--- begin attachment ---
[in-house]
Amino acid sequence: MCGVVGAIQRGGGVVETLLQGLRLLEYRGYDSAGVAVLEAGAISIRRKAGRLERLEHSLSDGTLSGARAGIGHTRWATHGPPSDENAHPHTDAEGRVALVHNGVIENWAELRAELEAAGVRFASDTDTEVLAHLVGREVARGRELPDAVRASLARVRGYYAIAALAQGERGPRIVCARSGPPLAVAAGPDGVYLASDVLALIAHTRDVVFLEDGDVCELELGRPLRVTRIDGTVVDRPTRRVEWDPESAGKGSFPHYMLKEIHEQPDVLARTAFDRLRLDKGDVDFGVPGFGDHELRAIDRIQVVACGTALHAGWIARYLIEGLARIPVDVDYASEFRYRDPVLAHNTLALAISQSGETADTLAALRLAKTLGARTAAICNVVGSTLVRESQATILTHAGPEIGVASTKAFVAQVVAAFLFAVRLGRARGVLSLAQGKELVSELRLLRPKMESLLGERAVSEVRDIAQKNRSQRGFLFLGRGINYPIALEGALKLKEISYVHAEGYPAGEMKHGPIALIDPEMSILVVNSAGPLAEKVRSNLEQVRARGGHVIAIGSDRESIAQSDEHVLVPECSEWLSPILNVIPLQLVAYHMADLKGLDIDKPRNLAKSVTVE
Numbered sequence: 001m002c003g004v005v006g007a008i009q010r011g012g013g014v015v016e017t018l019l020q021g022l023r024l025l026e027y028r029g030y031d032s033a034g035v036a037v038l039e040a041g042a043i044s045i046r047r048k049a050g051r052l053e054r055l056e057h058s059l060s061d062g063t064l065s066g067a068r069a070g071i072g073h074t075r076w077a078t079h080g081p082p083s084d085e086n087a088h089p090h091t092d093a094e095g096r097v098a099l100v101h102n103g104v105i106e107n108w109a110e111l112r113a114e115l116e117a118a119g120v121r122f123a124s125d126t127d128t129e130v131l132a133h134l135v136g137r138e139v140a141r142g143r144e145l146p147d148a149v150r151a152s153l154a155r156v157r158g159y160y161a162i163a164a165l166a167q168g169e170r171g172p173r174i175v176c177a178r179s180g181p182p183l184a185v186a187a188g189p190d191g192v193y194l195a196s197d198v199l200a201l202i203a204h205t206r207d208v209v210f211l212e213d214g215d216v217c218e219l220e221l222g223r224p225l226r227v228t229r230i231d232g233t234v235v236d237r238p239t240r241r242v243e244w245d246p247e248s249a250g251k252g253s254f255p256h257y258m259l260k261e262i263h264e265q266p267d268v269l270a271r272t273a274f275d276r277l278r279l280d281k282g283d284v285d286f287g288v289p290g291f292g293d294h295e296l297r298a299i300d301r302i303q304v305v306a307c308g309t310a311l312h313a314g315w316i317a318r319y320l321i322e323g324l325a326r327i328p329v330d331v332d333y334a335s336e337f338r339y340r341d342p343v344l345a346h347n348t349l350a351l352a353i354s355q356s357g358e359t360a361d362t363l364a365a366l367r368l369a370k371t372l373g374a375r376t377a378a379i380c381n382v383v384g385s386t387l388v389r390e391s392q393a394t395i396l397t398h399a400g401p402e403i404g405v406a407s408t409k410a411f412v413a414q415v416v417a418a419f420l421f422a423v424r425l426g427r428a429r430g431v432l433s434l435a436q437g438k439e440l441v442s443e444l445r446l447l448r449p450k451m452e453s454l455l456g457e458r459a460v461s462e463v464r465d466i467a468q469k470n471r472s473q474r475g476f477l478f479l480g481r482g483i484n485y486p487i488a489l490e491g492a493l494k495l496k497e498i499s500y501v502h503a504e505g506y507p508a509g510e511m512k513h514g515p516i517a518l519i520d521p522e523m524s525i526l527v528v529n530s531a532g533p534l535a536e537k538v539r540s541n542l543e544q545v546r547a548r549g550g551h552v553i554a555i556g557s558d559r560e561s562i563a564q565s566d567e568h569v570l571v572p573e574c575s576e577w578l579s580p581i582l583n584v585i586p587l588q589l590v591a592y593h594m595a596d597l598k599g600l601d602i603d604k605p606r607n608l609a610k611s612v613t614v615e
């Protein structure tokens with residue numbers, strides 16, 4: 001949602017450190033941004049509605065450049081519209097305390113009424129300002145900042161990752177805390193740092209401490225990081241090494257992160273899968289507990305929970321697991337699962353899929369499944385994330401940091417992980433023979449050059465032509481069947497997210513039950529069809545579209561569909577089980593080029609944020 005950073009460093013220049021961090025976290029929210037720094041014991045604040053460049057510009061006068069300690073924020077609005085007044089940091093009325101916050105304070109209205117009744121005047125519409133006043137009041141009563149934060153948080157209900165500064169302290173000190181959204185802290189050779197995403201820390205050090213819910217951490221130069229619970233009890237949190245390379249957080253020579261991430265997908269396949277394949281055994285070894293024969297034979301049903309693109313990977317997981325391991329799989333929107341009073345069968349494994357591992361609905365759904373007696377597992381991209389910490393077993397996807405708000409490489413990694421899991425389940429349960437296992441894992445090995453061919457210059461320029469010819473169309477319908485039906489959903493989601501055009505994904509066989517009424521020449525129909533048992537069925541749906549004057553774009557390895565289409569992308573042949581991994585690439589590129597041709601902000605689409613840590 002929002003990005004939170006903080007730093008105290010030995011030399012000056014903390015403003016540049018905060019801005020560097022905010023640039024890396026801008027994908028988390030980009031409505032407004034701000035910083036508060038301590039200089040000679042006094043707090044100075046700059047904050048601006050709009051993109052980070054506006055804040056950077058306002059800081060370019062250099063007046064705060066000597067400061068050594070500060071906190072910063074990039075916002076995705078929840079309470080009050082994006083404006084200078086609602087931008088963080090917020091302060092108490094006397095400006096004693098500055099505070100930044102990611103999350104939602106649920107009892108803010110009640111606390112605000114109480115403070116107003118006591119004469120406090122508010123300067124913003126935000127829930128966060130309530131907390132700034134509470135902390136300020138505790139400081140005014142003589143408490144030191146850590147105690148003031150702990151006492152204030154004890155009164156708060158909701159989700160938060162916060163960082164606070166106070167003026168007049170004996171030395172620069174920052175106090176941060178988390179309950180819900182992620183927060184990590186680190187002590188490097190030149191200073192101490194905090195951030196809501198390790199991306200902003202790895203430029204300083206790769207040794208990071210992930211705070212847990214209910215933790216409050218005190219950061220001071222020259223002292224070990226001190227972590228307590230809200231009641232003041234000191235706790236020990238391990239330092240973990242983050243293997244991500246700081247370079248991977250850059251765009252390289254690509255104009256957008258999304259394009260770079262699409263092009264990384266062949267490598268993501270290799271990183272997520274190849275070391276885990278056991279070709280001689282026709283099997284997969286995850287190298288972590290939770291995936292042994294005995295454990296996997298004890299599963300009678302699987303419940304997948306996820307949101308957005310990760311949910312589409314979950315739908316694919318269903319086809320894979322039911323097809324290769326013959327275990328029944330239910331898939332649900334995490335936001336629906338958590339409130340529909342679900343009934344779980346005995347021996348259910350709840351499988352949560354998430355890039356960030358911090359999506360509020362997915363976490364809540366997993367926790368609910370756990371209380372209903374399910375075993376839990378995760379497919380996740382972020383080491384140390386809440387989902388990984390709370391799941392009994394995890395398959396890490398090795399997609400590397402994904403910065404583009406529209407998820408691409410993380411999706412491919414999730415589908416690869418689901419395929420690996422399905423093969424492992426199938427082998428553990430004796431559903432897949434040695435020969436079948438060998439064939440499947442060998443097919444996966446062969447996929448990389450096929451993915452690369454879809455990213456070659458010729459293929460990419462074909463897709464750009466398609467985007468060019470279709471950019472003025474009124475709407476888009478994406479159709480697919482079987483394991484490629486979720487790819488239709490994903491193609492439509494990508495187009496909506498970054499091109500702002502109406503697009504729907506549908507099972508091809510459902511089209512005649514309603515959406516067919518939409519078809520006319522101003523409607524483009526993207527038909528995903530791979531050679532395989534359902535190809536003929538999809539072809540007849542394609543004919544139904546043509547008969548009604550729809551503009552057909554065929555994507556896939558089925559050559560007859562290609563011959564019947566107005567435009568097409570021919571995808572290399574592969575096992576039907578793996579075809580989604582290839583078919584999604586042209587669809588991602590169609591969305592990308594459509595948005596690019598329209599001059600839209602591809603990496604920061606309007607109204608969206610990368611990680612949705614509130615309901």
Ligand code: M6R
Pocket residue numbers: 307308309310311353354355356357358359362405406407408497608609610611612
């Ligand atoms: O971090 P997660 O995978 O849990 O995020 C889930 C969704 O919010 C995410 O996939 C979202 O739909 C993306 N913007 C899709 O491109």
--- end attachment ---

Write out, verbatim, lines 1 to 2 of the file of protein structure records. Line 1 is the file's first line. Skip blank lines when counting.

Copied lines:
[in-house]
Amino acid sequence: MCGVVGAIQRGGGVVETLLQGLRLLEYRGYDSAGVAVLEAGAISIRRKAGRLERLEHSLSDGTLSGARAGIGHTRWATHGPPSDENAHPHTDAEGRVALVHNGVIENWAELRAELEAAGVRFASDTDTEVLAHLVGREVARGRELPDAVRASLARVRGYYAIAALAQGERGPRIVCARSGPPLAVAAGPDGVYLASDVLALIAHTRDVVFLEDGDVCELELGRPLRVTRIDGTVVDRPTRRVEWDPESAGKGSFPHYMLKEIHEQPDVLARTAFDRLRLDKGDVDFGVPGFGDHELRAIDRIQVVACGTALHAGWIARYLIEGLARIPVDVDYASEFRYRDPVLAHNTLALAISQSGETADTLAALRLAKTLGARTAAICNVVGSTLVRESQATILTHAGPEIGVASTKAFVAQVVAAFLFAVRLGRARGVLSLAQGKELVSELRLLRPKMESLLGERAVSEVRDIAQKNRSQRGFLFLGRGINYPIALEGALKLKEISYVHAEGYPAGEMKHGPIALIDPEMSILVVNSAGPLAEKVRSNLEQVRARGGHVIAIGSDRESIAQSDEHVLVPECSEWLSPILNVIPLQLVAYHMADLKGLDIDKPRNLAKSVTVE